Egypt’s central bank in Cairo. Pressures on Egyptian banks’ credit profiles have eased on improvements in the country’s operating environment since end, Q3 2020. Image Credit: Bloomberg

Cairo: Pressures on Egyptian banks’ credit profiles have eased on improvements in the country’s operating environment since end, Q3 2020, according to Fitch Ratings.

“We revised our outlook on the Egyptian banking sector’s operating environment to stable from negative in July, largely due to the improvement in foreign-currency (FC) liquidity,” Fitch said in a note.

Egyptian banking sector had had net foreign assets of $1.7 billion at end-June 2021. Banks’ foreign liabilities shrank to $5.3 billion at end-April 2020 after foreign investors sold their holdings of local-currency government securities at the start of the pandemic, causing $17 billion worth of portfolio outflows.

Foreign currency liquidity improved as foreign holdings of Egyptian treasuries increased to $29 billion at end-May 2021 from $10 billion at end-June 2020 and the sovereign issued $4.55 billion of Eurobonds between September 2020 and February 2021. A $5.2 billion IMF stand-by arrangement helped to restore investors’ confidence. Foreign currency remittances were also resilient in 2020, increasing 10 per cent year on year to $30 billion.

The banking sector’s net foreign assets of $1.7 billion at end-June 2021 were still below pre-pandemic levels (end-February 2020: $7.3 billion) due to higher foreign liabilities as banks borrowed more from international development finance institutions to support their foreign currency liquidity.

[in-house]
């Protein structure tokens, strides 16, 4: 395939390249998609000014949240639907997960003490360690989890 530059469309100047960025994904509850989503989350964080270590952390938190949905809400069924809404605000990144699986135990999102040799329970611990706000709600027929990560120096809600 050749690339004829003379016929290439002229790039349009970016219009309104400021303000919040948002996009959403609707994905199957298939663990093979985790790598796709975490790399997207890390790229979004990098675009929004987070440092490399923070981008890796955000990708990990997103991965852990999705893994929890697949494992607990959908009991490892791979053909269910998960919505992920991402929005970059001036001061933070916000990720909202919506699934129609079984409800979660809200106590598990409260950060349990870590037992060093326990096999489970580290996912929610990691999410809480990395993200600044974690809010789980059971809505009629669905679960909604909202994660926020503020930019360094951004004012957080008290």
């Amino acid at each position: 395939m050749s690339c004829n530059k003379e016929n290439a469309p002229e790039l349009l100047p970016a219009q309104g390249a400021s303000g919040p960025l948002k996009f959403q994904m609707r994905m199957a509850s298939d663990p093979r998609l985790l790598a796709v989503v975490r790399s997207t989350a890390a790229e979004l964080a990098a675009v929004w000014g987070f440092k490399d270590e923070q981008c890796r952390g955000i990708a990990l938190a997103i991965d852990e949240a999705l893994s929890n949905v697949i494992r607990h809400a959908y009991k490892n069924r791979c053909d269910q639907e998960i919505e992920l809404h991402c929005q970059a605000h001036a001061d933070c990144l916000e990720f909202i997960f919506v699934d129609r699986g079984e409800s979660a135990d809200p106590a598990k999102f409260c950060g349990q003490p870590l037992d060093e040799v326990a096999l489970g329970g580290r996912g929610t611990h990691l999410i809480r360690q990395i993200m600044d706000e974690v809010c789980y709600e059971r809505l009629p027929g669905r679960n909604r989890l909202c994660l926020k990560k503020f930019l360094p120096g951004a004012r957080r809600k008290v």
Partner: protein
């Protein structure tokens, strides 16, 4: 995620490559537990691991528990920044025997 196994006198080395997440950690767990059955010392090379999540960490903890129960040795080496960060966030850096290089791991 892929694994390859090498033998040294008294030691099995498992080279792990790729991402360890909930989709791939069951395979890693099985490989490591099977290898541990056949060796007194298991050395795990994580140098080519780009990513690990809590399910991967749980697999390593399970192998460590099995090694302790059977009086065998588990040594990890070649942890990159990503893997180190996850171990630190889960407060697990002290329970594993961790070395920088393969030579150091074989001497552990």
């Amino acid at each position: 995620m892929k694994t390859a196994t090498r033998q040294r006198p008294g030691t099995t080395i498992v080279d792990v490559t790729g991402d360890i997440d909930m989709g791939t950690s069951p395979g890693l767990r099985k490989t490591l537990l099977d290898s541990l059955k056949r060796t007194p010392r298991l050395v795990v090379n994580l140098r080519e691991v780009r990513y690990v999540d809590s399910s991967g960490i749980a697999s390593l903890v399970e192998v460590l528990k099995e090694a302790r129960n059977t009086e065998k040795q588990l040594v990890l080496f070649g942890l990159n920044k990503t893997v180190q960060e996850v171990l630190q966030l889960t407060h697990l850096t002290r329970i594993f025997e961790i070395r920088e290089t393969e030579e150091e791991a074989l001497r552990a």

Repayment risks

The increase in foreign liabilities poses some repayment risks as banks’ debt-servicing capacity could come under renewed pressure from another wave of sell-offs by foreign investors. However, about 70 per cent of the sector’s external debt is long-term and banks hold adequate stocks of foreign currency liquid assets against their short-term foreign currency liabilities. Some banks have started to pre-pay their foreign currency term loans given their comfortable liquidity buffers and weak demand for FC loans, with lending geared towards working capital financing rather than capex.

We also expect banks’ foreign currency liquidity in 2021-2022 to be supported by Egypt’s expected stable current account deficit (3.2% in FY22), higher FX reserves ($40.6 billion at end-May 2021 from $36 billion at end-May 2020) and a gradual pick-up in tourism

- Fitch

Asset quality risks

Trade, textiles and tourism are among the sectors most affected by the pandemic. Banks’ asset quality has been resilient despite exposure to these sectors, and deterioration in loan quality following the expiry of the six-month credit moratorium in September 2020 has been largely contained. The sector’s Stage 3 (in IFRS 9 classification) loans ratio was stable at 3.4 per cent at end Q3 2020, although the Stage 2 loans ratio varied significantly among banks, ranging from 2 per cent to more than 30 per cent.

Some banks significantly front-loaded their provisions in 2020, leading to stronger impaired loans coverage ratios. We believe the higher Stage 2 loans ratios for some banks indicate more conservative loan classification policies rather than weaker underlying asset quality. Banks’ asset quality is also underpinned by high exposure to the sovereign through investments in treasuries and lending to public-sector entities (together representing 49 per cent of total sector assets at end-1Q21).